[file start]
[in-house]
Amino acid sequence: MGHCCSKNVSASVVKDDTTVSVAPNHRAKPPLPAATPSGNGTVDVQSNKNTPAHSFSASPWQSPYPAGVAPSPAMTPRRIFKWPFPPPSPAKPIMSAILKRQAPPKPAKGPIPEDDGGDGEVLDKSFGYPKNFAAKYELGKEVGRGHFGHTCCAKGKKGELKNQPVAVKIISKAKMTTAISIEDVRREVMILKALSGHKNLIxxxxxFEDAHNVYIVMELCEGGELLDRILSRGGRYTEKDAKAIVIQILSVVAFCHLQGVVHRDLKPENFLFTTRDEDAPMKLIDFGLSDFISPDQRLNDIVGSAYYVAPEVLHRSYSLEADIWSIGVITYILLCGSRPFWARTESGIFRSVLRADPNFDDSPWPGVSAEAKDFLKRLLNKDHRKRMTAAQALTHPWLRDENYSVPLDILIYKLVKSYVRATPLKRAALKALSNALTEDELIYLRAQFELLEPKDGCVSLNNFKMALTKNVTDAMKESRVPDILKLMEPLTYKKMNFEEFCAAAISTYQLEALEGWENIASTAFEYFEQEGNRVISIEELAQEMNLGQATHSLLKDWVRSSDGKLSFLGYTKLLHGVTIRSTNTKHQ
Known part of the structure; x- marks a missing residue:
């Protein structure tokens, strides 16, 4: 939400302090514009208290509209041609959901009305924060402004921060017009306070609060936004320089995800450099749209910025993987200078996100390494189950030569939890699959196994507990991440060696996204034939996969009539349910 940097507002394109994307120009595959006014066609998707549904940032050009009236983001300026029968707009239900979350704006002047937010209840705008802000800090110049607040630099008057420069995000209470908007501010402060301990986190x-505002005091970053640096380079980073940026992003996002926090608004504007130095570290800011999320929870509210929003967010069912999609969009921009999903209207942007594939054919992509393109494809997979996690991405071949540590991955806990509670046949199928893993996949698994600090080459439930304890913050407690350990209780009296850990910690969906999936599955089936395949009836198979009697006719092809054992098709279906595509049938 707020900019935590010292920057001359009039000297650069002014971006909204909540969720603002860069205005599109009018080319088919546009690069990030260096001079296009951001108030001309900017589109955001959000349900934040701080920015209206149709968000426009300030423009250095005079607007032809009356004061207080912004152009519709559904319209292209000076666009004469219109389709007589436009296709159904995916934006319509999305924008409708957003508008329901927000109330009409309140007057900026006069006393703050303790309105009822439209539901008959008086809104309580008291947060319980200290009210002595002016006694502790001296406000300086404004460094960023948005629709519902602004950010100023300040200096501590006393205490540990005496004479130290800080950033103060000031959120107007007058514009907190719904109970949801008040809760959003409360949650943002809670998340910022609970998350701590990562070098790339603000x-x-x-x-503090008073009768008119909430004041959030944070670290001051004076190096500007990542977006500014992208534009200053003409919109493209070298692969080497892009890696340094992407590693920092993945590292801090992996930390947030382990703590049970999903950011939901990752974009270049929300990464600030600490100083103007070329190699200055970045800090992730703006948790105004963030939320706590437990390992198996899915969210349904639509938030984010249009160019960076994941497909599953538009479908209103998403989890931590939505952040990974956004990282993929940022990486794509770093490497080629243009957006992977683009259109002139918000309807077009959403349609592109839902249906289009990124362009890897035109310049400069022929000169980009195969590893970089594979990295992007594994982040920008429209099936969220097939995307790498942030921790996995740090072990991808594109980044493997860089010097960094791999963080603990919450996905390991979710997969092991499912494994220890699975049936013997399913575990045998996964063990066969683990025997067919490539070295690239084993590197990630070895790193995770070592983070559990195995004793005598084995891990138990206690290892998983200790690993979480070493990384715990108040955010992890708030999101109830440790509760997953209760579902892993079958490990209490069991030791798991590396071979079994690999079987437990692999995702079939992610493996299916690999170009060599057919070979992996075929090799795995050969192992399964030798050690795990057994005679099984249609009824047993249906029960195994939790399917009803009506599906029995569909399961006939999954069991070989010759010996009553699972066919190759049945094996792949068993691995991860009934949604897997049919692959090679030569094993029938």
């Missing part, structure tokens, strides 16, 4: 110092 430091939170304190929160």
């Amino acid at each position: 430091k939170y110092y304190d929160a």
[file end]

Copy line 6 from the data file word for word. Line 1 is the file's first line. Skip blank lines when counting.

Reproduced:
């Amino acid at each position: 430091k939170y110092y304190d929160a």